Patrick Springer, Published March 16 2012
Gay rights advocate to run for North Dakota House
Boschee was surrounded by a handful of friends and supporters when he filed papers to run as a Democrat for a House seat in north Fargo’s District 44, now represented by two Republicans.
“I’ve been encouraged by friends,” Boschee said, explaining his decision to run. “The more I thought about it, the more the time seemed right.”
Also Friday, a second openly gay Fargo man, Michael Lindemann, said he intends to run for a seat in the North Dakota House.
Boschee, who once wrote a local newspaper column called The Gay Agenda, said he will be an advocate for gay rights, but for other issues as well, including education.
Support for education at all levels, K-12 and higher education, is high on Boschee’s priority list. Colleges have been under attack by some legislators, he said. The Head Start program in Fargo, an early education program for low-income children, has a waiting list of about 100, he said.
As for efforts to legalize gay marriage in North Dakota, Boschee said he supports the petition drive, but sees more urgent rights issues for gays. North Dakota law now allows discrimination in housing and on the job for those who are gay, he said.
“I don’t know if necessarily right now going to the Legislature or putting it on the ballot is the best way to move forward,” Boschee said of legalizing gay marriage.
North Dakota voters overwhelmingly supported adopting the ban on gay marriage in 2004, indicating a lot of “public education” remains to be done on the issue, he said.
“Marriage is somewhat down the road,” Boschee said.
Boschee, who turns 30 in May, works as assistant director of leadership and organization at Minnesota State University Moorhead. He graduated from North Dakota State University with an undergraduate degree in political science and a master’s degree in education.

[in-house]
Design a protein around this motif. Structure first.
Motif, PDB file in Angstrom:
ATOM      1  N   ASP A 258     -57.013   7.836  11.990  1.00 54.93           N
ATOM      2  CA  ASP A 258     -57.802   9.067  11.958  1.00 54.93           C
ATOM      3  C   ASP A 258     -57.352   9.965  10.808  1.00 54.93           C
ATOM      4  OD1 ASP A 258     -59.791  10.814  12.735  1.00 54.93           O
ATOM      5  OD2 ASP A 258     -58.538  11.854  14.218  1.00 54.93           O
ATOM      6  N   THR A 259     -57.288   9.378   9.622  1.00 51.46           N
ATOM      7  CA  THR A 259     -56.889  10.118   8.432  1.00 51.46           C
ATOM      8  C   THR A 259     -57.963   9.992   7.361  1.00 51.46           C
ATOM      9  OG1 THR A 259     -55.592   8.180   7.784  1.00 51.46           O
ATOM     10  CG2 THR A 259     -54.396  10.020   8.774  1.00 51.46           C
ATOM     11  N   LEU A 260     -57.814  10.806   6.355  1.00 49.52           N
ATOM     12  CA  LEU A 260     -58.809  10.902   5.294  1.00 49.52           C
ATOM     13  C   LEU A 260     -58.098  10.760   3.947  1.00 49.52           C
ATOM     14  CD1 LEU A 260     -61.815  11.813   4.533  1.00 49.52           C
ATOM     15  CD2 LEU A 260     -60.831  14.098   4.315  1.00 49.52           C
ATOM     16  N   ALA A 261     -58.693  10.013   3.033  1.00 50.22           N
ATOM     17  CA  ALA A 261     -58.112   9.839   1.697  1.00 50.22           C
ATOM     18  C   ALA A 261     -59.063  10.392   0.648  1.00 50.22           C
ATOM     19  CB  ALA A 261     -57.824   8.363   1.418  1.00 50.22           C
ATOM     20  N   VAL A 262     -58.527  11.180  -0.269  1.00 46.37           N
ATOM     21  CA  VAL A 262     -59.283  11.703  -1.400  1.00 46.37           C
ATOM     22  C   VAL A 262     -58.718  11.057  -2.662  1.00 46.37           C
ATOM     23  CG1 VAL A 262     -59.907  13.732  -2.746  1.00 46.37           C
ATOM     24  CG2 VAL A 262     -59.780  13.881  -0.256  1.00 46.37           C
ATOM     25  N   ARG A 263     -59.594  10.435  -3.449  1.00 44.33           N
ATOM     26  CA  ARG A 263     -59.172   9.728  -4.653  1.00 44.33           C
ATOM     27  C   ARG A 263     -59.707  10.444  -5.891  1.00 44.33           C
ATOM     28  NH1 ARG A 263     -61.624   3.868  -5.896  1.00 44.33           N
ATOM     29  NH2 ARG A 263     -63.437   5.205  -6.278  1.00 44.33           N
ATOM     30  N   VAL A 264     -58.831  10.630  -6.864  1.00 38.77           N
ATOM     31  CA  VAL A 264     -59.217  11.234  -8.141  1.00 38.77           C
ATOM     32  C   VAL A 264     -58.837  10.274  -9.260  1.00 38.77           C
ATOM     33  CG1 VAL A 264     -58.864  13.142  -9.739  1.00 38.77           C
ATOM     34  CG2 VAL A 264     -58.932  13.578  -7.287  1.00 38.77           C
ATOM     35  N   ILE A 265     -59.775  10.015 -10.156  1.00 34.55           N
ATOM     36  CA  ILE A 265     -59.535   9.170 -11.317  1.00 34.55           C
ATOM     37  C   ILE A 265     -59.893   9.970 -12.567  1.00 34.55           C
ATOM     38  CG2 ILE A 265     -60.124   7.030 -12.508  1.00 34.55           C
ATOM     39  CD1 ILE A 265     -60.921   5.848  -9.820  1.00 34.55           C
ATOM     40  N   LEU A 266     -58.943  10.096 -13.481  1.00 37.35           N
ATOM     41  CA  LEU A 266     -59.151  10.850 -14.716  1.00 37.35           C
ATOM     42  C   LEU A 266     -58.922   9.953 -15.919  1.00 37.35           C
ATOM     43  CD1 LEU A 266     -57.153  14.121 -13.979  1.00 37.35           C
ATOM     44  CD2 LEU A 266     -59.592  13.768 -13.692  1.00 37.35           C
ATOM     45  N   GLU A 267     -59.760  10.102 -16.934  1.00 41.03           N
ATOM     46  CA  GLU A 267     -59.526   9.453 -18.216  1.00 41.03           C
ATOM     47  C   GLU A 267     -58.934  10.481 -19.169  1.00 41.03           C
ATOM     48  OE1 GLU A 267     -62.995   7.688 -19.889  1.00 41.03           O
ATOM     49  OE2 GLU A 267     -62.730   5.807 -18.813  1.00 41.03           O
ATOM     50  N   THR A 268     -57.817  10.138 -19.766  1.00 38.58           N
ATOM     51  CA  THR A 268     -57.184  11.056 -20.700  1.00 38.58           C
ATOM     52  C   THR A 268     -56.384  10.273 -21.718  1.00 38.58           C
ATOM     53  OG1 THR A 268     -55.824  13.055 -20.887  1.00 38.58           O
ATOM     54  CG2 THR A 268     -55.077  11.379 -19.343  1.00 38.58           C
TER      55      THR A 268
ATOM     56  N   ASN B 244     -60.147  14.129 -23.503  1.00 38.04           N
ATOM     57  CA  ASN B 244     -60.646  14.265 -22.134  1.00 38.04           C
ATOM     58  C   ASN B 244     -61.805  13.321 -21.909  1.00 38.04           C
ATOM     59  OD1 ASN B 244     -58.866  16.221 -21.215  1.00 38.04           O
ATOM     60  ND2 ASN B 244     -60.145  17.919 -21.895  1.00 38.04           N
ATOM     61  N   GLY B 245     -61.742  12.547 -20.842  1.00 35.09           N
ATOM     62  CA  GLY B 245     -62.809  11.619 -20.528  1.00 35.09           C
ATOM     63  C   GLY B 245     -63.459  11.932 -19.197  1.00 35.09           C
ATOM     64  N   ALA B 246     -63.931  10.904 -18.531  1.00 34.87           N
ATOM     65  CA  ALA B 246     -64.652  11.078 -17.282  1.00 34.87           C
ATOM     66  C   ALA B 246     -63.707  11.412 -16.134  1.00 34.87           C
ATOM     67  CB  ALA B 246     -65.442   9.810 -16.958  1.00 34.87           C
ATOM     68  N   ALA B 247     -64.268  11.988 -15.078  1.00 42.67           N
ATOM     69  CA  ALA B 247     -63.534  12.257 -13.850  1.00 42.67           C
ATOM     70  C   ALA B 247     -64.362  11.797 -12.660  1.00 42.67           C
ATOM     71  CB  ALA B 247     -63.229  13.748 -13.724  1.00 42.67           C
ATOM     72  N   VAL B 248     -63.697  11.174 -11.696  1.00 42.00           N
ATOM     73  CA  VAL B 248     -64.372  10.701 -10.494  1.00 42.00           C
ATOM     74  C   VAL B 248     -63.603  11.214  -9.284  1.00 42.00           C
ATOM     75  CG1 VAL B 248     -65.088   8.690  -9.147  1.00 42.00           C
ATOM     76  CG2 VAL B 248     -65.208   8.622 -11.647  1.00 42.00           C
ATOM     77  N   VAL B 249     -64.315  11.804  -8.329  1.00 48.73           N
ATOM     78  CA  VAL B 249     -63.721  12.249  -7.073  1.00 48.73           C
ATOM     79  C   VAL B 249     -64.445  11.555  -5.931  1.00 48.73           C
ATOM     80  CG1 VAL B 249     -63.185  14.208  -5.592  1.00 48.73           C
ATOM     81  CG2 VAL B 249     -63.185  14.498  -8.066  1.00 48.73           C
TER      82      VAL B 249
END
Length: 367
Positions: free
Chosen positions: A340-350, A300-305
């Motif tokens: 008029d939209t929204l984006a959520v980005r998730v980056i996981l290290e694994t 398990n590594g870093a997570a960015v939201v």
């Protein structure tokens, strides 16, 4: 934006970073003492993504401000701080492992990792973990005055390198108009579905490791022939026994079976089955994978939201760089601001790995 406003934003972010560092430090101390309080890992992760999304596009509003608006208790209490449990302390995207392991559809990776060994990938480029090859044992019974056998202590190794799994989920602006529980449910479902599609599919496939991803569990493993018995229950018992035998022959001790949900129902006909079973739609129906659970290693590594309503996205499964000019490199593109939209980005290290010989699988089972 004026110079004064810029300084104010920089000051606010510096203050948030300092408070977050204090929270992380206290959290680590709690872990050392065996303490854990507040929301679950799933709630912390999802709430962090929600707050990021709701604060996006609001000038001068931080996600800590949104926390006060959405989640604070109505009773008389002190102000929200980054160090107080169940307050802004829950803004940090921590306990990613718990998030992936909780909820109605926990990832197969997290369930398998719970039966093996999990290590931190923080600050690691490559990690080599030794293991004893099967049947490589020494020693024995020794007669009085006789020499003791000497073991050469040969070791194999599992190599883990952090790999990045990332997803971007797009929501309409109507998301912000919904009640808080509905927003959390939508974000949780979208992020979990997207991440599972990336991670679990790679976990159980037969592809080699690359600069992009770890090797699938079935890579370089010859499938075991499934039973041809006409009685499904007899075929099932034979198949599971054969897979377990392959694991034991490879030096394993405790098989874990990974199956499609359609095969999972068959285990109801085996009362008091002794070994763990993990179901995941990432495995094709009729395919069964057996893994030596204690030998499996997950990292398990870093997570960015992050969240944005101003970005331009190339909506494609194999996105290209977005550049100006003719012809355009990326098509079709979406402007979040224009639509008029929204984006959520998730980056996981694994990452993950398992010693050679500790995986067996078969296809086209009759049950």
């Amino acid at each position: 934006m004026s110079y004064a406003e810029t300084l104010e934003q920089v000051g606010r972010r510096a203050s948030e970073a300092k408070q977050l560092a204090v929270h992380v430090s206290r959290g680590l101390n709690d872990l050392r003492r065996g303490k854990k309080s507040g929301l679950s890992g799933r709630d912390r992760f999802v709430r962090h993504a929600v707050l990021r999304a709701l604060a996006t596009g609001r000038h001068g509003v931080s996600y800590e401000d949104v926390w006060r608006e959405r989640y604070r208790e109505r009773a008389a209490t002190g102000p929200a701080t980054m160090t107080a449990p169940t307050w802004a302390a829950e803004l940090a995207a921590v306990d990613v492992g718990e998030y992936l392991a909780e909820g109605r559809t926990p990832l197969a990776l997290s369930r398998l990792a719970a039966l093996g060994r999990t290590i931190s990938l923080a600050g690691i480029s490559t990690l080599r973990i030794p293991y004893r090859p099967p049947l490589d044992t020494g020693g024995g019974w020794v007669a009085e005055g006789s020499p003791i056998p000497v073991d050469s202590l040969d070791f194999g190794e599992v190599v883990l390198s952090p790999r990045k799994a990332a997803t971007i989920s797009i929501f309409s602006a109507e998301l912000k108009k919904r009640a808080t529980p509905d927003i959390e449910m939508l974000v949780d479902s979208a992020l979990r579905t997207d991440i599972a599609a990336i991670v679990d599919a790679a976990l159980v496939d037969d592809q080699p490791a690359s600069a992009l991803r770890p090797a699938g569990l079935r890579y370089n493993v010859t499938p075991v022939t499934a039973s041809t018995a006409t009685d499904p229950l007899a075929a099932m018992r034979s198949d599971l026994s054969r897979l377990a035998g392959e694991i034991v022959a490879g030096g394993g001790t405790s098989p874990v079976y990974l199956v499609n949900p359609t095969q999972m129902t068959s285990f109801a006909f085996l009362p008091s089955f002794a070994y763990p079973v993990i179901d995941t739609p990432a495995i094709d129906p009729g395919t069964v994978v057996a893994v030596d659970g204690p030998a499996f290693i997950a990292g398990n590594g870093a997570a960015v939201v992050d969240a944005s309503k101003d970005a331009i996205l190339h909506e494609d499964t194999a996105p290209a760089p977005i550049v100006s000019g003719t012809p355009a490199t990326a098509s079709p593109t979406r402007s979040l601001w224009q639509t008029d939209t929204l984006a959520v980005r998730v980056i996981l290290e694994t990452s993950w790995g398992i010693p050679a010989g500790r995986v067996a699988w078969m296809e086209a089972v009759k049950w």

Boschee said he opposes Measure 2, an initiated measure on the June primary ballot that would end the property tax. That would undermine local government, and local officials are best equipped to decide many issues, he said.
Lindemann, 25, said he will run as a Democrat for a House seat in District 16 in south Fargo. He hasn’t yet filed his candidacy papers, but will do so soon. Both men said they have been endorsed by their Democratic-NPL districts.
Lindemann, who soon will graduate from NDSU with a nursing degree, said education, health care and flood control top his priorities.
“I care deeply about higher education,” he said. “I’m running because I care deeply about what’s happening in North Dakota. I’m just running, and I happen to be gay.”
As far as Boschee and Lindemann know, this is the first election involving openly gay candidates running for a seat in the North Dakota Legislature.
“If either of us wins, we’ll be the first openly gay member elected to the Legislature,” Lindemann said.
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Readers can reach Forum reporter Patrick Springer at (701) 241-5522